soldier of them that waited on him continually; and when he had declared
all these things unto them, he sent them to Joppa."
The angel, after his interview with Cornelius, went to Peter, in
Joppa. At the time, Peter was praying upon the housetop of his lodging,
and we read that he "became very hungry, and would have eaten: but
while they made ready, he fell into a trance." It was not for
physical food alone that Peter hungered. As from the housetop he viewed
the city of Joppa and the surrounding country be hungered for the
salvation of his countrymen. He had an intense desire to point out to
them from the Scriptures the prophecies relating to the sufferings and
death of Christ.
In the vision Peter "saw heaven opened, and a certain vessel
descending unto them, as it had been a great sheet knit at the four
corners, and let down to the earth: wherein were all manner of
four-footed beasts of the earth, and wild beasts, and creeping things,
and fowls of the air. And there came a voice to him, Rise, Peter; kill,
and eat. But Peter said, Not so, Lord; for I have never eaten anything
that is common or unclean. And the voice spake unto him again the second
time, What God hath cleansed, that call not thou common. This was done
thrice: and the vessel was received up again into heaven."
This vision conveyed to Peter both reproof and instruction. It
revealed to him the purpose of God--that by the death of Christ the
Gentiles should be made fellow heirs with the Jews to the blessings of
salvation. As yet none of the disciples had preached the gospel to the
Gentiles. In their minds the middle wall of partition, broken down by
the death of Christ, still existed, and their labours had been confined
to the Jews, for they had looked upon the Gentiles as excluded from the
blessings of the gospel. Now the Lord was seeking to teach Peter the
world-wide extent of the divine plan.
Many of the Gentiles had been interested listeners to the preaching
of Peter and the other apostles, and many of the Greek Jews had become
believers in Christ, but the conversion of Cornelius was to be the first
of importance among the Gentiles.
The time had come for an entirely new phase of work to be entered
upon by the church of Christ. The door that many of the Jewish converts
had closed against the Gentiles was now to be thrown open. And the
Gentiles who accepted the gospel were to be regarded as on an equality
with the Jewish disciples, without the necessity of observing the rite
How carefully the Lord worked to overcome the prejudice against the
Gentiles that had been so firmly fixed in Peter's mind by his Jewish
training! By the vision of the sheet and its contents He sought to
divest the apostle's mind of this prejudice and to teach the important
truth that in heaven there is no respect of persons; that Jew and
Gentile are alike precious in God's sight; that through Christ the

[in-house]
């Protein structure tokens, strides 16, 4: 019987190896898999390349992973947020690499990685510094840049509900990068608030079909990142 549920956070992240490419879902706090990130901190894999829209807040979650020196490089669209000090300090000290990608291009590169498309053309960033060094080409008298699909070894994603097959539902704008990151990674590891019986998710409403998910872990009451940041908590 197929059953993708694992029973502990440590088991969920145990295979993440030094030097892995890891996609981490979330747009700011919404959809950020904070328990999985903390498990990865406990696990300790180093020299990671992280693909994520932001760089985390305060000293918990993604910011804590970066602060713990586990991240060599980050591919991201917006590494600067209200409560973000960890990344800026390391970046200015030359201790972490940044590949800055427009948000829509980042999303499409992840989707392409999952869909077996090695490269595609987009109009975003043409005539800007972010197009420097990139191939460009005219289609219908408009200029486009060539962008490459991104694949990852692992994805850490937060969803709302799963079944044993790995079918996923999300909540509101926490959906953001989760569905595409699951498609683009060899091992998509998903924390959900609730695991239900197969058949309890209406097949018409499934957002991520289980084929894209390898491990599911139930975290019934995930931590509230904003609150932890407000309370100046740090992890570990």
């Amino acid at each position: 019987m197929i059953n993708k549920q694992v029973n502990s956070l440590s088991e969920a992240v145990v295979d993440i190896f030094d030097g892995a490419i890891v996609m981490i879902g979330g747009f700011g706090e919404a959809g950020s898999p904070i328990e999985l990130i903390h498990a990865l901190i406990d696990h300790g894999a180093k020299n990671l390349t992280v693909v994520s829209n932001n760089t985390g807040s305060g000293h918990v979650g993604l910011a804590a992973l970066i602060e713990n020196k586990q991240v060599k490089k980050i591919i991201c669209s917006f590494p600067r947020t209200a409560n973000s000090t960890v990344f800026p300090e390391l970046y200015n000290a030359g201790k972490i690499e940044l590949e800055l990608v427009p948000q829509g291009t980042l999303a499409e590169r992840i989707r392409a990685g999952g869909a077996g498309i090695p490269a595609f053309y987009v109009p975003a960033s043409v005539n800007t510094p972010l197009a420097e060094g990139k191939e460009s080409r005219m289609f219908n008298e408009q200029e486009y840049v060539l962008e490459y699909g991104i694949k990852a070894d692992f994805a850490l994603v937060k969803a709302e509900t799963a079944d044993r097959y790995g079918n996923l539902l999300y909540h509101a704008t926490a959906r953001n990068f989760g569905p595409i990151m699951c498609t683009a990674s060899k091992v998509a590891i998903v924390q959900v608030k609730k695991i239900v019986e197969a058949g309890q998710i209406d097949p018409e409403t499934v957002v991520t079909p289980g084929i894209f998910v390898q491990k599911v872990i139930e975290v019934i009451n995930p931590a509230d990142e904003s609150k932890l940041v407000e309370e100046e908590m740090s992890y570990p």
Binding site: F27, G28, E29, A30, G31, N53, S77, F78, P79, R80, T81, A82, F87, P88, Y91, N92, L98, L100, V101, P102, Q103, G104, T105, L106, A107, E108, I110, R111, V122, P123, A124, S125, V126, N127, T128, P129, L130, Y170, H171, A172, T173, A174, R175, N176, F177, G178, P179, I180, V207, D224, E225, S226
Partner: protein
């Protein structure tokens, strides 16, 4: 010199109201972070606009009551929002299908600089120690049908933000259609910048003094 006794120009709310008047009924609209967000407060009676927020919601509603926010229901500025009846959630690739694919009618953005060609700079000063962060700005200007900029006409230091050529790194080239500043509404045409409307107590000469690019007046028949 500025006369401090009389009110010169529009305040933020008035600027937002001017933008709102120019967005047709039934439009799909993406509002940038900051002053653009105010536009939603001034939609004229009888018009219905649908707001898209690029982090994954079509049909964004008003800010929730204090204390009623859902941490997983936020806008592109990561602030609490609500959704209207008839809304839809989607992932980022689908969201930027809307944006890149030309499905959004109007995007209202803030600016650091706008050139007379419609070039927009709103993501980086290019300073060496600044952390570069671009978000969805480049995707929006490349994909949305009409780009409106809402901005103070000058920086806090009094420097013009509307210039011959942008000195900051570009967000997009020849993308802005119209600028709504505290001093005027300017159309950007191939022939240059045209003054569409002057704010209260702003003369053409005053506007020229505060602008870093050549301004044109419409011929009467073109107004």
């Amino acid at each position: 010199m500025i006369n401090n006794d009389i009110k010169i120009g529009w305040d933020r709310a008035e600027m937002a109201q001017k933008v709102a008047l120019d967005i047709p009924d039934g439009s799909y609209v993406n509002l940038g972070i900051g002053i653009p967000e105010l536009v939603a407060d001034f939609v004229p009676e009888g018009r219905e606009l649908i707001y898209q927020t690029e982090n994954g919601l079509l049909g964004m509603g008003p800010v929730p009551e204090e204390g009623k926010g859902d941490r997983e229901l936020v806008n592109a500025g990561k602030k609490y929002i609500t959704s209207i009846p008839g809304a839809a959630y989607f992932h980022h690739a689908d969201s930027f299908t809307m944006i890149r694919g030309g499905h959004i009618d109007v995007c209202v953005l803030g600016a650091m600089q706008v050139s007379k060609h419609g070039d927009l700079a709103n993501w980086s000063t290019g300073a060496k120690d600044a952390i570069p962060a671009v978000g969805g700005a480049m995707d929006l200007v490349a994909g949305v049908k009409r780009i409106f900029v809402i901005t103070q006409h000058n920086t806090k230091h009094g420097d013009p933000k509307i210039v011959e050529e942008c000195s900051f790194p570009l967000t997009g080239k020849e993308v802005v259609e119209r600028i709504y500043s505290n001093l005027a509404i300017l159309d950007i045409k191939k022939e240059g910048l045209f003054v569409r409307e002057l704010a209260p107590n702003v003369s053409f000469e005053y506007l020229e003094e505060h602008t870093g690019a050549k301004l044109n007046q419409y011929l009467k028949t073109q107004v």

heathen may be made partakers of the blessings and privileges of the
While Peter was meditating on the meaning of the vision, the men sent
from Cornelius arrived in Joppa and stood before the gate of his
lodginghouse. Then the Spirit said to him, "Behold, three men seek
thee. Arise therefore, and get thee down, and go with them, doubting
nothing: for I have sent them."
To Peter this was a trying command, and it was with reluctance at
every step that he undertook the duty laid upon him; but he dared not
disobey. He "went down to the men which were sent unto him from
Cornelius; and said, Behold, I am he whom ye seek: what is the cause
wherefore ye are come?" They told him of their singular errand,
saying, "Cornelius the centurion, a just man, and one that feareth
God, and of good report among all the nation of the Jews, was warned
from God by a holy angel to send for thee into his house, and to hear
words of thee."
In obedience to the directions just received from God, the apostle
promised to go with them. On the following morning he set out for
Caesarea, accompanied by six of his brethren. These were to be witnesses
of all that he should say or do while visiting the Gentiles, for Peter
knew that he would be called to account for so direct a violation of the
As Peter entered the house of the Gentile, Cornelius did not salute
him as an ordinary visitor, but as one honoured of Heaven and sent to
him by God. It is an Eastern custom to bow before a prince or other high
dignitary and for children to bow before their parents; but Cornelius,
overwhelmed with reverence for the one sent by God to teach him, fell at
the apostle's feet and worshiped him. Peter was horror-stricken, and he
lifted the centurion up, saying, "Stand up; I myself also am a
While the messengers of Cornelius had been gone upon their errand,
the centurion "had called together his kinsmen and near
friends," that they as well as he might hear the preaching of the
gospel. When Peter arrived, he found a large company eagerly waiting to
listen to his words.
To those assembled, Peter spoke first of the custom of the Jews,
saying that it was looked upon as unlawful for Jews to mingle socially
with the Gentiles, that to do this involved ceremonial defilement.
"Ye know," he said, "how that it is an unlawful thing for
a man that is a Jew to keep company, or come unto one of another nation;
but God hath showed me that I should not call any man common or unclean.
Therefore came I unto you without gainsaying, as soon as I was sent for:
I ask therefore for what intent ye have sent for me?"
Cornelius then related his experience and the words of the angel,
saying in conclusion, "Immediately therefore I sent to thee; and